It seems that the big film industries have finally understood that recognition begins with words.
According to a press release from the Universal Filmed Entertainment Group, the film giant will implement a spell-checking resource “to help support increased authentic Latinx onscreen representation and casting opportunities.”
In collaboration with Geena Davis’ Institute on Gender in Media and USC’s Viterbi School of Engineering, Universal has underscored its commitment “to invest in and support innovative strategies to progress diversity and inclusion,” through an initial one-year partnership with both institutes and to close the representation gap in film and television.
In October 2019, Davis announced that her institute had developed “a new machine-learning tool that can analyze scripts and reveal unconscious biases,” according to The Guardian at the time.
During the Power of Inclusion event in New Zealand, the actress described the tool as “an intervention tool to infuse diversity and inclusion in entertainment and media,” designed to determine percentages around gender, race, sexual preference and identity, and disabilities, in order to put artificial intelligence to work in the fight against discrimination.
This disparity is no secret to anyone.
From campaigns such as #OscarsSoWhite to Joaquin Phoenix’s speech at the 2020 Academy Awards, the issue of equal representation on the small and large screen remains.
“I’m so thrilled that NBCUniversal has committed to working with us on this pilot program,” said Davis about their new partnership. “Their support will be extremely valuable in developing the tool to address the sparse and underdeveloped portrayals of the Latinx community which our upcoming study underscores. I believe our Spellcheck for Bias is going to be the biggest game changer of all in creating onscreen inclusion and will help NBCUniversal and other studios identify opportunities to dramatically increase Latinx representations in their content, to counteract the conscious and unconscious bias in all of us.”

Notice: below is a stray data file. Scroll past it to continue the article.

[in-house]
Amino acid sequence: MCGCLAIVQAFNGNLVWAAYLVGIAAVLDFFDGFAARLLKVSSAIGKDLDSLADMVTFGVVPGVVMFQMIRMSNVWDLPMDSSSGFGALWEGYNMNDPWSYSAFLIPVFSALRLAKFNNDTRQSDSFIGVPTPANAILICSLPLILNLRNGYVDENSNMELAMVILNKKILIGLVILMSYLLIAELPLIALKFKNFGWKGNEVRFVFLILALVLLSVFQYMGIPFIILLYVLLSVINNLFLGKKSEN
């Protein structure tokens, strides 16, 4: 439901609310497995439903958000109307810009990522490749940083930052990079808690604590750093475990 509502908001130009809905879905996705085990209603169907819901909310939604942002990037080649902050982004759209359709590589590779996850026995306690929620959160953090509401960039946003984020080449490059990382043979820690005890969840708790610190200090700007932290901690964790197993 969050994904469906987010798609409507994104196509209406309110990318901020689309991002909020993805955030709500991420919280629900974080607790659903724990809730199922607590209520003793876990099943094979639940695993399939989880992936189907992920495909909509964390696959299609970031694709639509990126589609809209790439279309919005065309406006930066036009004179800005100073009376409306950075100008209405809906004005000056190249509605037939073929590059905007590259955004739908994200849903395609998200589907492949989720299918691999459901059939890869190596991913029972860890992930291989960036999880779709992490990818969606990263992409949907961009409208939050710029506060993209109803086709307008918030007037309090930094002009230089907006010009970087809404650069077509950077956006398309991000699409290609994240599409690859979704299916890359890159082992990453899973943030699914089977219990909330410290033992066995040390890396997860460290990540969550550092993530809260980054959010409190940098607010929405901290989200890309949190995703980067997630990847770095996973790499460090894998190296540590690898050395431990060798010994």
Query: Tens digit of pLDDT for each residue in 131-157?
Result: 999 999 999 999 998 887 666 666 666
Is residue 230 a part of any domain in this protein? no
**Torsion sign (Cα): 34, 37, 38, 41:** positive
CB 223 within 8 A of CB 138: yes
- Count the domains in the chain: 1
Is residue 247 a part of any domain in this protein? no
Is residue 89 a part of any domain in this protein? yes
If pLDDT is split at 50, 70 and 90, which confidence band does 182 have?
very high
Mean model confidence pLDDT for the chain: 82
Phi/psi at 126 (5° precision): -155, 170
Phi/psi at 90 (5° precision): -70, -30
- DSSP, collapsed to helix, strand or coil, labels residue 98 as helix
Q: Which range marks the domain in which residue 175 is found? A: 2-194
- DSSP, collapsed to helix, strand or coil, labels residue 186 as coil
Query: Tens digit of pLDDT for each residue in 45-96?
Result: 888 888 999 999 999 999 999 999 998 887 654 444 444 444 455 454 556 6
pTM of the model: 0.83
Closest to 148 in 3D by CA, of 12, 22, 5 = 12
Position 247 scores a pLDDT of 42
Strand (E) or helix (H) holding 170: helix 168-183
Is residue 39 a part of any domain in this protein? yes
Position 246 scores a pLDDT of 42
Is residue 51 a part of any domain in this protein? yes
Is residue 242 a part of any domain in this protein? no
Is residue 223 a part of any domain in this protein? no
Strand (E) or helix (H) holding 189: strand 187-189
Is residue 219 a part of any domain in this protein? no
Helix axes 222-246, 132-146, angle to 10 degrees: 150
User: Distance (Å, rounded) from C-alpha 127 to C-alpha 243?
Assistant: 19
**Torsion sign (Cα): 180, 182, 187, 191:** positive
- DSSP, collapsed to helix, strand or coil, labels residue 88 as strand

“As our studio and family of filmmakers continue to make strides throughout the production process towards more inclusive storytelling for all underrepresented groups, identifying additional resources to help improve and increase Latinx portrayals onscreen is one of our top priorities,” said Peter Cramer, President, Universal Pictures. “With this pilot, we hope to create a reference of data points for our creative partners and industry at large to use during early stages of script development.”
The USC Annenberg Inclusion Initiative revealed in a recent study that “31 of the 100 top-grossing films from 2019 cast a non-white person in a starring or co-starring acting role,” according to CNN. “That is a 14% increase from 2018 and a 138% increase from the 13 minority-led films put out during the diversity initiative’s inaugural year in 2007.”
However, and according to the analysis of the media, the 2020 Oscar nominations seemed to be a return to previous standards where the heteronormative white character still prevails.
Perhaps now, with the necessary tools, technology can finally achieve what years of struggle have failed to create: true equality of representation.